Characteristic features of haemophilia include hemarthrosis, haematomas, and prolonged bleeding following trauma or surgery. Coagulation profile of a haemophiliac person shows prolonged bleeding time, activated partial thromboplastin time (APTT), thrombin time (TT), but a normal prothrombin time (PT).

    • This question is part of the following fields:

      • Haematology & Oncology
      18.1
      Seconds
  • Question 7 - A 20-year-old woman presents with weakness and is found to have a serum...

    Incorrect

    • A 20-year-old woman presents with weakness and is found to have a serum potassium of 2.2 mmol/l and pH 7.1.   Which of the following would be LEAST useful in differentiating between renal tubular acidosis Types 1 and 2?

      Your Answer: Serum bicarbonate 8 mmol/l

      Correct Answer: Osteomalacia

      Explanation:

      Osteomalacia is a marked softening of the bones that can present in both type I and type II Renal Tubular Acidosis (RTA) and will thus not differentiate the two types in any case. The other measures will allow differentiation of the two types.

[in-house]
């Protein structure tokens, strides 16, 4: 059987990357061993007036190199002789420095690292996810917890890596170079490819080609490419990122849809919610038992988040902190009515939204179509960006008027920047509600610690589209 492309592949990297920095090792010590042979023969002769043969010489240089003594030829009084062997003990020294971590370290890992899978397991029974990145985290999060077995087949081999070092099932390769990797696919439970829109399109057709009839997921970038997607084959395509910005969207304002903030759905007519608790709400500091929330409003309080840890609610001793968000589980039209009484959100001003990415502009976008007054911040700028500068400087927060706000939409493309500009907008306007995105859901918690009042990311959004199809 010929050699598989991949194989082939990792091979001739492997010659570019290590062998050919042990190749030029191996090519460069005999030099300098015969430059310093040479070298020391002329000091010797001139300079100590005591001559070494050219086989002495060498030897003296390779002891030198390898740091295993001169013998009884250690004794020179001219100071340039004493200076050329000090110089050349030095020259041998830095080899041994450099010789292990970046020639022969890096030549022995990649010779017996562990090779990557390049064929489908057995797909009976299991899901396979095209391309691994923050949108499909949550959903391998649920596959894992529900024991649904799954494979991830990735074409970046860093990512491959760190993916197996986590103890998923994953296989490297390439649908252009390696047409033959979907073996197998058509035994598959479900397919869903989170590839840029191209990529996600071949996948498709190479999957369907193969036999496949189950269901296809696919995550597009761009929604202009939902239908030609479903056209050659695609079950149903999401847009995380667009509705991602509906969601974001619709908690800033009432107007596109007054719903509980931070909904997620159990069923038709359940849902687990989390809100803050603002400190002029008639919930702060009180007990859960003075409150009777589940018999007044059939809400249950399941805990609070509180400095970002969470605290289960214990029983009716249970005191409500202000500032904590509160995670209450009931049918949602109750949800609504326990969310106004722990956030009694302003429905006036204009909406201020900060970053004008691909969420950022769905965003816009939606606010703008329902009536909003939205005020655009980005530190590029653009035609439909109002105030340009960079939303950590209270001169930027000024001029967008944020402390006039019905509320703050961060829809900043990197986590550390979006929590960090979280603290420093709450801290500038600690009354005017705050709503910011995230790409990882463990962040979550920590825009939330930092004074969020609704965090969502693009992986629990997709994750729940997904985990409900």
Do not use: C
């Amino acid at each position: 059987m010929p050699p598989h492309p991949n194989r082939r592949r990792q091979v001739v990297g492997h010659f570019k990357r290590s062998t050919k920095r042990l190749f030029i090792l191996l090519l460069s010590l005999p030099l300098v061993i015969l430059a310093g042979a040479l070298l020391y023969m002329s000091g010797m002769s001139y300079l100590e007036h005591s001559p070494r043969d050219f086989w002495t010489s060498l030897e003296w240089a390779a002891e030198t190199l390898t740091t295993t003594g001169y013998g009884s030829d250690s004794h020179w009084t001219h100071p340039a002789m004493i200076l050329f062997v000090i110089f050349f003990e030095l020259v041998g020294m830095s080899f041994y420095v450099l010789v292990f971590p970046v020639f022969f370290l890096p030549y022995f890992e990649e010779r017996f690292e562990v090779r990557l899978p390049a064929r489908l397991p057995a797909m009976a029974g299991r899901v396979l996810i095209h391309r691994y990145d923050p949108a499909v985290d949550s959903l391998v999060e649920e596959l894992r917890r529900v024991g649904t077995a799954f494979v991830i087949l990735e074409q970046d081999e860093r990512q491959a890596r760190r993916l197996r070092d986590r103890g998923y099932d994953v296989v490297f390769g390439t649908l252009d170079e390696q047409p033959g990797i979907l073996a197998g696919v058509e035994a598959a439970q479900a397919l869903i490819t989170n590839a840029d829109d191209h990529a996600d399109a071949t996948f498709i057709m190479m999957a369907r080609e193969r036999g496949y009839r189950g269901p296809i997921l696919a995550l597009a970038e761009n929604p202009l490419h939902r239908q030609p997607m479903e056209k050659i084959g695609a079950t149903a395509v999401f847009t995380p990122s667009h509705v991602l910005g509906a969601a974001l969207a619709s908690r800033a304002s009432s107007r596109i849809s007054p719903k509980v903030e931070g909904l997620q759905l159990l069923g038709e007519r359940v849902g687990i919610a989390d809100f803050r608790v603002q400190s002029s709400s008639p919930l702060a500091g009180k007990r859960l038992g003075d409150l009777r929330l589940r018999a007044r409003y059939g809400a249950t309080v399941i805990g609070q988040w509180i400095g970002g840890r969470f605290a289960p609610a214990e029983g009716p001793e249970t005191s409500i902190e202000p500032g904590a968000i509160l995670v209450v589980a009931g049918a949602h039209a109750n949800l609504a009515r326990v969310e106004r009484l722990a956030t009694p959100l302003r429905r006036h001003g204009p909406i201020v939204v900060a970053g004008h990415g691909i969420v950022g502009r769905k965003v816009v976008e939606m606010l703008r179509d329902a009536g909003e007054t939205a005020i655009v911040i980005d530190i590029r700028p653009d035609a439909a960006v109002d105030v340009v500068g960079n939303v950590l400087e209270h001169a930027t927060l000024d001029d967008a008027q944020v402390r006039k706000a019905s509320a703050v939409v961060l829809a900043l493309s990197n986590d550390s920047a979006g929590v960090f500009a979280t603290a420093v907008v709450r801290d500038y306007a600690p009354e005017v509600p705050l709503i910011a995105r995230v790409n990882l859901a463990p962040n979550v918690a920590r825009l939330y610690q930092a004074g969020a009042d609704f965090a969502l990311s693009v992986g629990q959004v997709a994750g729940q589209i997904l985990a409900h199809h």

• This question is part of the following fields:

      • Nephrology
      15.3
      Seconds
  • Question 8 - Double-stranded DNA is found in which of the following cell organelles? ...

    Correct

    • Double-stranded DNA is found in which of the following cell organelles?

      Your Answer: Mitochondria

      Explanation:

      Mitochondrial DNA (mtDNA) is a double-stranded molecule of 16.6 kb (Figure 1, lower panel). The two strands of mtDNA differ in their base composition, with one being rich in guanines, making it possible to separate a heavy (H) and a light (L) strand by density centrifugation in alkaline CsCl2 gradients.

    • This question is part of the following fields:

      • Clinical Sciences
      5.7
      Seconds
  • Question 9 - A 65-year-old woman presents at clinic complaining of worsening hoarseness of voice and...

    Incorrect